“I have decided that this is the year I am getting married,” declared Charlotte York on the HBO series Sex and the City. Desperate to be a wife, Charlotte found solace within a fictitious book called Marriage, Incorporated: How to Apply Successful Business Strategies to Finding a Husband. In it, she learned that she shouldn’t be spending so much time with her “dysfunctional single women” friends, but, instead, she should spend time with her married friends. Bachelor friends of married men were New York’s “best untapped resource,” per Charlotte. In other words, Charlotte sought nontraditional means to find her perfect “candidate” essentially, taking the law into her own hands to find her soul mate. Related: What Shopping Habits Say About A Job Seeker What does this mean when it comes to finding a job? Competition is fierce. In particular, people who have a more “generic” skill set (i.e., a liberal arts background and little specialized skills) have a difficult time differentiating themselves. They have to get creative, like Charlotte from Sex and the City. A recent blog post from the Wall Street Journal entitled “Have Liberal Arts Degree, Will Code” points out that liberal arts majors are turning “techie” by developing coding skills. One Duke University English and Theater studies grad found herself with a new career that earned $20,000 more per year after acquiring frontend web development skills. It’s not a foreign concept to marry the liberal arts with technology. Apple cofounder, the late Steve Jobs, once stated in a 1996 NPR interview that “[I] think our major contribution [to computing] was in bringing a liberal arts point of view to the use of computers. If you really look at the ease of use of the Macintosh, the driving motivation behind that was to bring not only ease of use to people … but it was to bring beautiful fonts and typography to people, it was to bring graphics to people... so that they could see beautiful photographs, or pictures, or artwork, et cetera... to help them communicate." So what are some technical careers that can be enjoyed by people with liberal arts degrees? “Technical” careers are broad these days. For example, my sister works for Wells Fargo. They are such a huge company that their Human Resources department has its own marketing communications team. She helps build and push out HRrelated content to their company Intranet. Some HTML she learned as a hobbyist back in 1996, when she was an undergrad majoring in Sociology, gave her the foundation to understand tools such as Dreamweaver and MS SharePoint. She has no formal tech training; just a passion to learn and adapt to new technology quickly. The point here is to take control of your career. There are skills in high demand out there, and you don’t have to have a Computer Science degree from Stanford to acquire them. Channel your inner Charlotte York: declare that this is the year you will find your dream job, and make it happen (just don’t break too many hearts along the way…).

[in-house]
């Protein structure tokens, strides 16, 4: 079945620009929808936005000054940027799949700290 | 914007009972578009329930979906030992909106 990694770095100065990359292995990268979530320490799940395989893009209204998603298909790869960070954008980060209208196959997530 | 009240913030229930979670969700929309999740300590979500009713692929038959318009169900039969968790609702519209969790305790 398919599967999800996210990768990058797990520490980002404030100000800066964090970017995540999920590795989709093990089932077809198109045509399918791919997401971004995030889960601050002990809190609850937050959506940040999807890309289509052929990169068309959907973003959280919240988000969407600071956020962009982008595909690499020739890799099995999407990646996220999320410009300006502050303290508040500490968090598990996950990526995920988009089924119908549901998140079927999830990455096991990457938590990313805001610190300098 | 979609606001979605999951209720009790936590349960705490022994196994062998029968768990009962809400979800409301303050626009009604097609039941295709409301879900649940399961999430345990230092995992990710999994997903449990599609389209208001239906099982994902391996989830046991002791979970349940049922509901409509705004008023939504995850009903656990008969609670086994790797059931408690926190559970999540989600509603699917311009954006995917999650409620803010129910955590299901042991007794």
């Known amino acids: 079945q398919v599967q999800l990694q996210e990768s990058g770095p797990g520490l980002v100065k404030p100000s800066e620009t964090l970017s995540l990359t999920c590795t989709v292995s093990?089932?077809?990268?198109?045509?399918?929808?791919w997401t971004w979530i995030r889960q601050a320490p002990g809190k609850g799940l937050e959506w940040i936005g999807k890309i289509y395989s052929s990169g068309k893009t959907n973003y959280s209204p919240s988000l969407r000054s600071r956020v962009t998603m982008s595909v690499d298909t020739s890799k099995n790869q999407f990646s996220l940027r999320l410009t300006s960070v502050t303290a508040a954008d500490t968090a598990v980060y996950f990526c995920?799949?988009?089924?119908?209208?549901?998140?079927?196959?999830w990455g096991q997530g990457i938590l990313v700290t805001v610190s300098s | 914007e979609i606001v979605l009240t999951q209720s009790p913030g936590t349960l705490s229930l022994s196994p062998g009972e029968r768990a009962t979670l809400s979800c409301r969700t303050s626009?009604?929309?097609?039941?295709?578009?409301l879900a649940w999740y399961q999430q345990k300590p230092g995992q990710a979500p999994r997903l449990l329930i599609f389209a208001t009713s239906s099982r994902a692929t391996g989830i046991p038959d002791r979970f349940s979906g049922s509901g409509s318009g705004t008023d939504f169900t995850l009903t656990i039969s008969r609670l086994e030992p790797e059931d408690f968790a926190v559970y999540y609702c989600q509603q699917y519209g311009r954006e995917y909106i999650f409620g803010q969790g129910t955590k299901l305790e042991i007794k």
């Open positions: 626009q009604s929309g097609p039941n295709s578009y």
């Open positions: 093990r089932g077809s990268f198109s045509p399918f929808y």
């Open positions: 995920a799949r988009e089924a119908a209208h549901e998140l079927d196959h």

Recently, a list of companies that have the happiest employees was circulated online. The companies were commended on their ability to promote a healthy work environment and sustain work-life balance. Pfizer came out on top with Kaiser Permanente coming in second, followed by Texas Instruments. Looking at these lists, one wonders how these companies are able to promote such a positive productive environment for their employees.